AUGUSTA — Andrew Balcer would take back the bloodshed during the darkness of early Halloween morning two years ago.

The moment he snapped, plunging a hunting knife into his mother’s back as she comforted him in his bedroom. The stabbing of his father after that, and slaying of the family Chihuahua, leaving only his brother to survive the horror inside the family’s Winthrop home.

“In a heartbeat,” Balcer would “take it all back.”

“Only a monster would not feel remorse at that kind of thing,” Balcer said Friday in a wide-ranging interview at the Kennebec County jail in Augusta. “I’m not happy that all of this happened. It just traded one hell for another.”

Now, days before the 19-year-old is scheduled to plead guilty in court to the grisly killings, Balcer wants the world to know the reasons behind what happened and about the remorse.

Balcer’s motive has only been hinted at previously, with documents and attorneys suggesting Balcer was in the midst of a gender identity crisis.


Balcer — who prefers that fellow inmates, corrections officers and others refer to him as “Andrea” instead of “Andrew,” and “Ms. Balcer” instead of “Mr. Balcer” — confirmed in Friday’s interview that her gender identity crisis was a factor.

But Balcer is raising new allegations of sexual molestation at the hands of Balcer’s mother and physical and mental abuse by Balcer’s father — an apparent preview of arguments she will make in court in seeking leniency for a prison sentence.

Her older brother, Christopher, who has since moved from Maine to Ohio, refuted all of the new abuse allegations in a separate phone interview later Friday.

Andrea Balcer said she knew about her gender identity when she was younger and shared it with her parents when she was 3 or 4 years old. “I wanted to grow up and be a woman,” she said. “They kind of sat me down and told me and kind of physically forced into me that that was something that was not acceptable.”

Balcer said she never shared that disclosure with her older brother because she feared his reaction after seeing how their parents had reacted.

Later, she started to question her gender identity.


“I spent however many years being raised as a boy, as a man. It was drilled into me what men do, what they’re supposed to be. I was never raised the way I wanted to be. So I am conflicted between the person that I was raised to be and the person who I want to be.”

Christopher Balcer said in a previous interview, months after the murders, that he believed his parents would have supported his brother no matter what the gender he chose.

Sitting on the other side of two tables Friday afternoon in a visiting room at the Augusta jail, Balcer occasionally stopped speaking and inhaled deeply in an effort to remain composed while talking about life before “the incident” and life after. A lock of her dark hair fell over her left eye and curled up at the end.

Balcer said she wants “people to kind of realize that my family seemed almost perfect on the outside: mother, father, two kids, a couple of animals.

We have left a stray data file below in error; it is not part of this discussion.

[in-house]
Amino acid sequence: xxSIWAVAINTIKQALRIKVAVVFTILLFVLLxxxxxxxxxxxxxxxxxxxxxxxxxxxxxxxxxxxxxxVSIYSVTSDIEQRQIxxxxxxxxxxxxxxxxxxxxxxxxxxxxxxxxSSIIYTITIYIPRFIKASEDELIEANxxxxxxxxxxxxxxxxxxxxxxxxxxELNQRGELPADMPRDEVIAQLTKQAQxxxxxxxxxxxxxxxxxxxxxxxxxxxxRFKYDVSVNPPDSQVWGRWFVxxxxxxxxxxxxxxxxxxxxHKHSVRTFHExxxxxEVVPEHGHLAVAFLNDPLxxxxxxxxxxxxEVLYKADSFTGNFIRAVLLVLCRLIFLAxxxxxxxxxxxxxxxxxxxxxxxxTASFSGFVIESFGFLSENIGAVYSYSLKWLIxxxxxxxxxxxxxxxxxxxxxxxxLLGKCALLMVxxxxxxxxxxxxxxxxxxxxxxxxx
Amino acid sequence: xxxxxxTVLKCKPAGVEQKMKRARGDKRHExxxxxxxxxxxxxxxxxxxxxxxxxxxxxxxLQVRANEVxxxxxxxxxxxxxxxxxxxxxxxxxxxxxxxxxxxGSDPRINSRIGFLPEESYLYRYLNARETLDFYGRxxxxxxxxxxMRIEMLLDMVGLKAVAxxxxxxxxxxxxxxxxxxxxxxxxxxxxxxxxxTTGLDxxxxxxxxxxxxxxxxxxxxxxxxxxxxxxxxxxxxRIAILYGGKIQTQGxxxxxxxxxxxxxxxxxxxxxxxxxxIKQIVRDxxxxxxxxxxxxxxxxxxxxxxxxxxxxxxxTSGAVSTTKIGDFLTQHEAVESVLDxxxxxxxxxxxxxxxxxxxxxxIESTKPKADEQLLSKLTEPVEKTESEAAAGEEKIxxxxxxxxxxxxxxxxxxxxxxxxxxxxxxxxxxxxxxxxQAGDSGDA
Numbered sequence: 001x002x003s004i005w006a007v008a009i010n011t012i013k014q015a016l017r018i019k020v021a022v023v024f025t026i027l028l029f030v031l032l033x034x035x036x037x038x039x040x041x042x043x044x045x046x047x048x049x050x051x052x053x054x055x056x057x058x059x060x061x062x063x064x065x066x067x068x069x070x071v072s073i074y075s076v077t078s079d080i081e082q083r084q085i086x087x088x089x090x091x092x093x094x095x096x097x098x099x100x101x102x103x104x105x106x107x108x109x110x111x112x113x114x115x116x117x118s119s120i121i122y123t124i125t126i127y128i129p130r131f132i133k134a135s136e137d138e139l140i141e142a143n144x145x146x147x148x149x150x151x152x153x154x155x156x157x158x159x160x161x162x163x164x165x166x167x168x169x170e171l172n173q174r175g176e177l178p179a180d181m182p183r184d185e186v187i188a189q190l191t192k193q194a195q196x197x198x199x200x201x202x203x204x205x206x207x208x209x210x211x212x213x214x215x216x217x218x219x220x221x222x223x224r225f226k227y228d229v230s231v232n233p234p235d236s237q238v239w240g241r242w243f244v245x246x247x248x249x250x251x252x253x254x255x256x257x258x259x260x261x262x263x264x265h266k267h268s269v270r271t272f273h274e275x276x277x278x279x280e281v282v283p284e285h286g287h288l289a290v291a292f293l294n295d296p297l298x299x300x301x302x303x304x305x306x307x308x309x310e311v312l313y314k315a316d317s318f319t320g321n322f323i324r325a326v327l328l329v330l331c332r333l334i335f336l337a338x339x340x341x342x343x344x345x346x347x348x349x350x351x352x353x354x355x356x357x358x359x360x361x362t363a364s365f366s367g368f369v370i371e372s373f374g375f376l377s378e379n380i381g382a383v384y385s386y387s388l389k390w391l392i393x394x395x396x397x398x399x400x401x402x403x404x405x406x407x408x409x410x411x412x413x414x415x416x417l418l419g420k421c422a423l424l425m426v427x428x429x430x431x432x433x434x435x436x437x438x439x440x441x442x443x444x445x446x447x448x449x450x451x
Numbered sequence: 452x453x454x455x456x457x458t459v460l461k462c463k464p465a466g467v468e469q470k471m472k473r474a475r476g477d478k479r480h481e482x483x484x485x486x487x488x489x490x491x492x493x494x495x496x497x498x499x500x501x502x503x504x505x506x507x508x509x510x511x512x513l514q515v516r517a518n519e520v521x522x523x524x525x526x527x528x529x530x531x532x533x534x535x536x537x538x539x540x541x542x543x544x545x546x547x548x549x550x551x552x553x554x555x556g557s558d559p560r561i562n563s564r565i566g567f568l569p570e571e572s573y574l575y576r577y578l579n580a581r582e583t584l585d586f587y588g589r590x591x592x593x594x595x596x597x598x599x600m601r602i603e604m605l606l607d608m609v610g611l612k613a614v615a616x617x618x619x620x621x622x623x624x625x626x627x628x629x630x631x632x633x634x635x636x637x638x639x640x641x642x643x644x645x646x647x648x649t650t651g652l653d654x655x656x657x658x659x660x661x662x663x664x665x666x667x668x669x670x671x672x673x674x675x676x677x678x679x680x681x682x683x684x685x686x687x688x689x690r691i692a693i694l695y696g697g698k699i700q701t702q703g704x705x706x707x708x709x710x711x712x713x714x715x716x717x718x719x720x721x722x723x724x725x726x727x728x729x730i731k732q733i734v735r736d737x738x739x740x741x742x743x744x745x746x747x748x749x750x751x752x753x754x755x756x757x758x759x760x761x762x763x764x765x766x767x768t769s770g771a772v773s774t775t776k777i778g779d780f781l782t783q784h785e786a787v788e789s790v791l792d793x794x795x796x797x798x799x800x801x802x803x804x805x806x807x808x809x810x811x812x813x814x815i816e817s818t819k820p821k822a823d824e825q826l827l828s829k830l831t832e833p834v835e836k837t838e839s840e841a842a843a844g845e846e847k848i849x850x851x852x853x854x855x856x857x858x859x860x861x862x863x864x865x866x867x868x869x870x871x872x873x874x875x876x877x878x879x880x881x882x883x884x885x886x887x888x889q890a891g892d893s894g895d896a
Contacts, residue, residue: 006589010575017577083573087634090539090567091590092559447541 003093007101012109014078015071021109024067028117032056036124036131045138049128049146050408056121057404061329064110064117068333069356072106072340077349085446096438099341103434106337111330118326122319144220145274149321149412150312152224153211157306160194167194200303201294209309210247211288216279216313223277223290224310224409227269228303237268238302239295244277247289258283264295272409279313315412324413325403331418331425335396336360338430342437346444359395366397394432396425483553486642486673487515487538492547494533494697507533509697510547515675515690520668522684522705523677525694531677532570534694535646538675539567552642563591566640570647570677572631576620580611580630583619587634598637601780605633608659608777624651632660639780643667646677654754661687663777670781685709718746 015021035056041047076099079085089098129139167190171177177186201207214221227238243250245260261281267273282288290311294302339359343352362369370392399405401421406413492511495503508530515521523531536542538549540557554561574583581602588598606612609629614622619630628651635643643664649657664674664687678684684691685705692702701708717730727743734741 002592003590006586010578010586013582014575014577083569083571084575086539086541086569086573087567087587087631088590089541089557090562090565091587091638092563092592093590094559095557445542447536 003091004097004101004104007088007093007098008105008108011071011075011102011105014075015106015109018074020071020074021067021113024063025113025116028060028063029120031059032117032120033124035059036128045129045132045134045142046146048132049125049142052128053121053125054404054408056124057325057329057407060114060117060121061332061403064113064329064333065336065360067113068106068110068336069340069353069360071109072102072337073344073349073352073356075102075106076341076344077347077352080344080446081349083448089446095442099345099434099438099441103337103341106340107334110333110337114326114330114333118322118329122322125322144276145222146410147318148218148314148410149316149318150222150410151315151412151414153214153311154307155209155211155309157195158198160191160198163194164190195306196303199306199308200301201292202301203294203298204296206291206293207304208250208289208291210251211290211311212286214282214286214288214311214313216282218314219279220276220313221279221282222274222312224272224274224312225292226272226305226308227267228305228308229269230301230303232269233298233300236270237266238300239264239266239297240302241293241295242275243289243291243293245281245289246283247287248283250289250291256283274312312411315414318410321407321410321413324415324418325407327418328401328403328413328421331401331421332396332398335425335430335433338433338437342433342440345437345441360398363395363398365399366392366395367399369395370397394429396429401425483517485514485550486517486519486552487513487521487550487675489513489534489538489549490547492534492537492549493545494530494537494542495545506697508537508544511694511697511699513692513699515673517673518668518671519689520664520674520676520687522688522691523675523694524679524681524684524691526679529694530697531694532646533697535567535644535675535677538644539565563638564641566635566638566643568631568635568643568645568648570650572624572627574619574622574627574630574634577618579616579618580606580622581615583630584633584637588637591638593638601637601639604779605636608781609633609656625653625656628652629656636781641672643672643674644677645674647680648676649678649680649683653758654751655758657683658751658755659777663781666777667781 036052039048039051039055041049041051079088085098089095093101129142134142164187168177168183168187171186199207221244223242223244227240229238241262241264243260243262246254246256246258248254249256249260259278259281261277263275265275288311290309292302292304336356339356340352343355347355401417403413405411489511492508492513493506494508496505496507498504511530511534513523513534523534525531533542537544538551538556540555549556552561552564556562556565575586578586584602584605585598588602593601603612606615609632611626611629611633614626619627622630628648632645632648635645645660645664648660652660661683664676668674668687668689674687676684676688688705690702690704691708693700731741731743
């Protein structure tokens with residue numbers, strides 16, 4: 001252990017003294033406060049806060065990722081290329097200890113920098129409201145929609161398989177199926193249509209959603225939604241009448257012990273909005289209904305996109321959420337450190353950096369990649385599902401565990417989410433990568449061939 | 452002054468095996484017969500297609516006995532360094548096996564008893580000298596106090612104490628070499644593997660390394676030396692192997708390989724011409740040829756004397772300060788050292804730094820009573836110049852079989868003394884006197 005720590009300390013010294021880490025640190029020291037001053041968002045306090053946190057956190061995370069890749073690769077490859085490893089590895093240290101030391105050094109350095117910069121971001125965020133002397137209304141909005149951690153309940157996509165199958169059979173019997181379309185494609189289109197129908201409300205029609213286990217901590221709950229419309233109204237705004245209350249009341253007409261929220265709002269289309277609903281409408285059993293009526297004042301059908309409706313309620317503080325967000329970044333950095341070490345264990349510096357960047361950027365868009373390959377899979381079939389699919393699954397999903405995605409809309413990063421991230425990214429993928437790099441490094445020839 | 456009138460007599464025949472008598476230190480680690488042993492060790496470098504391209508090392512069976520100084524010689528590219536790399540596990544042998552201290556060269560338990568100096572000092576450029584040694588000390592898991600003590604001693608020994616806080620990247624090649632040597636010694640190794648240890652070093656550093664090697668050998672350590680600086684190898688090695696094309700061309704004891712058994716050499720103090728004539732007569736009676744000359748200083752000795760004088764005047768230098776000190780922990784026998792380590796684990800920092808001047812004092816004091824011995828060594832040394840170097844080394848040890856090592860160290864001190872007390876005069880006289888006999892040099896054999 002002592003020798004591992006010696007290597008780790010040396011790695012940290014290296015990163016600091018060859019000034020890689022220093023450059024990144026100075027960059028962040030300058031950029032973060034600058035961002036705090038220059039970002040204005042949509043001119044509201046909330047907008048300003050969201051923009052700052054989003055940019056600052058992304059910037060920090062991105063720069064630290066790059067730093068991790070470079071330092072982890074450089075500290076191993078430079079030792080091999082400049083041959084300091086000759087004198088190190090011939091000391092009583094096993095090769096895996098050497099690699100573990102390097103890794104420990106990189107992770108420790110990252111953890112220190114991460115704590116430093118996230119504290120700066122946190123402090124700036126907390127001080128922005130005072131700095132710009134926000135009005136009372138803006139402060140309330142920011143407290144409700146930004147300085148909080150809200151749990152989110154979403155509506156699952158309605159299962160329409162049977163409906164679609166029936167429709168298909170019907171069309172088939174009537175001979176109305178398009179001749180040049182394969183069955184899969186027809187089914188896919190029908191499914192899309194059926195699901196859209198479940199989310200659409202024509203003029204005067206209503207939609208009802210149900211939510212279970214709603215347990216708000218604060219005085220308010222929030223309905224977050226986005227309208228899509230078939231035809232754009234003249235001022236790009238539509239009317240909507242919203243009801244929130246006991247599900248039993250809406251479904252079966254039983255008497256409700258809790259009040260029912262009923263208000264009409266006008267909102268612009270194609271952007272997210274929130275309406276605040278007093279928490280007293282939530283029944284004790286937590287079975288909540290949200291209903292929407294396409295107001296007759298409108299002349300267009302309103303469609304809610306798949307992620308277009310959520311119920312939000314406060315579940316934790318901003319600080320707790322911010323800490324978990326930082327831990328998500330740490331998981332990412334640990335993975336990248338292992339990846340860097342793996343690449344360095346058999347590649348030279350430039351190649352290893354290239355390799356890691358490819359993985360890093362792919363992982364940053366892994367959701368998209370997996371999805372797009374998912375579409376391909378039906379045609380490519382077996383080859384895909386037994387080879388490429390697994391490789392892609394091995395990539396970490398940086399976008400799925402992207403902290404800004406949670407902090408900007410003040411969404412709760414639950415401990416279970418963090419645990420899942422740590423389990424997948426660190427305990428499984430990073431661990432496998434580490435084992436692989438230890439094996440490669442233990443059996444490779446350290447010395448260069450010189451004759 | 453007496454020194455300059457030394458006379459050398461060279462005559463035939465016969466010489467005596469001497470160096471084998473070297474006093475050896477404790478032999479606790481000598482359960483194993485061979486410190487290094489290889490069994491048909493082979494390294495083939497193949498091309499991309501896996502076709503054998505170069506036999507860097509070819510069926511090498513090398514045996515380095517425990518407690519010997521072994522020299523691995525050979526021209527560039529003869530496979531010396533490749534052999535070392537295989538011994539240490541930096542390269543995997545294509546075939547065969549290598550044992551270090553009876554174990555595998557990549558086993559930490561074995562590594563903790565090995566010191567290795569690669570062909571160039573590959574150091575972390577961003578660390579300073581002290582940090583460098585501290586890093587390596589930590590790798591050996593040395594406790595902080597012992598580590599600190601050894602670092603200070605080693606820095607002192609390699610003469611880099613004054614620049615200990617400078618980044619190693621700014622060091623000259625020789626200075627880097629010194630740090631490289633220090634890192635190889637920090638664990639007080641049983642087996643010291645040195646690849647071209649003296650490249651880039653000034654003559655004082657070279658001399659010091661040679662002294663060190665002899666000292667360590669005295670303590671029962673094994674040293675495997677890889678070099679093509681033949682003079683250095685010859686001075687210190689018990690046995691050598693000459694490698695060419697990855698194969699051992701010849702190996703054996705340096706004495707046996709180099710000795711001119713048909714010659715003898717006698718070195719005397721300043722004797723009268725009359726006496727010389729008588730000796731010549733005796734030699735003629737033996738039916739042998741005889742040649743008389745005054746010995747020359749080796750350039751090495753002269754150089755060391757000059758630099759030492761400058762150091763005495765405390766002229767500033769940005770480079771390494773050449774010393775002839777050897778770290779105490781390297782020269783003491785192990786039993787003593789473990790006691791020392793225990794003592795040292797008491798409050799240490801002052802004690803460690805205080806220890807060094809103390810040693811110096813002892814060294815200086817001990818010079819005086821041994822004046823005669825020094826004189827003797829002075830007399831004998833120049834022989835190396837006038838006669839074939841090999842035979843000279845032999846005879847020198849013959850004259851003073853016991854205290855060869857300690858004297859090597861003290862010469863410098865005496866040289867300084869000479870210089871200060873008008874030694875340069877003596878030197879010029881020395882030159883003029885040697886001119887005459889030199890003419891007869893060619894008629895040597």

“Nobody really thought there was anything going on. No one would think that two respectable people would ever do or have done such things. I just want people to know that even when something seems perfect, there might be something much more worse going on underneath.”



Antonio and Alice Balcer, both 47, were found stabbed to death Oct. 31, 2016. Balcer, then a month shy of turning 18, was arrested and charged that same day and later ruled to be treated as an adult in the criminal justice system.

Debra Baeder, chief forensic psychologist with the State Forensic Service, who evaluated Balcer several times, testified that Balcer had gender identity problems and “did not believe his parents would be supportive.”

Balcer, in a 911 recording played in court almost a year ago, said he stabbed his mother, then stabbed his father when his father woke up upon hearing his wife’s screams.

On the recording, Balcer told police his mother was hugging him in his bedroom to try to comfort him when he plunged a knife into her back and continued to stab her as she fell onto his bed and then finally to the floor.

When his father ran into the bedroom, Balcer attacked him with the same knife, and the struggle left a trail of blood through to the kitchen, where Antonio Balcer died face-up on the floor.

On Friday in the jail, Balcer said the words her mother whispered chilled her and caused her to snap.


“She was kind of overly affectionate,” Balcer said.

At age 14, Balcer said, she had come home from school and Dad was gone — either deployed or at a function for one of the motorcycle clubs he belonged to. “My mother got home from work, and she just kind of started with a hug and a kiss and she took it too far, you know,” Balcer said, adding that sexual molestation continued until she was about 16, and she told no one about it.

When Alice Balcer came into Andrea’s bedroom to comfort Andrea, the younger Balcer was sitting on the bed, shaking, and holding a hunting knife that had been a gift from Christopher, with a “tone” going through her head — something she had described earlier to Baeder and to detectives as “a high-pitched, constant tone” that appeared once a week for two or three years, and appeared again the morning of the slayings.

Balcer, in the Friday interview, did not elaborate on the “tone” she heard, but she said the killings were not planned.

Balcer told detectives she had stopped by her parents’ bedroom about 1:30 a.m. Oct. 31, “reached out my hand to my mother” and “she hugged me around the neck.” Then Balcer says her mother asked, “Are you having a rough night? Come on, we’ll go to your room and sleep in there.'”

“She hugged me,” Balcer said in the Friday interview at the jail, “and she whispered in my ear, ‘Do you want me to make everything better?’ And I think that was the straw that broke the camel’s back. I must have been having a nightmare of all the things that had happened to me up ’til then.”


Andrea Balcer alleges she was abused in other ways by her father.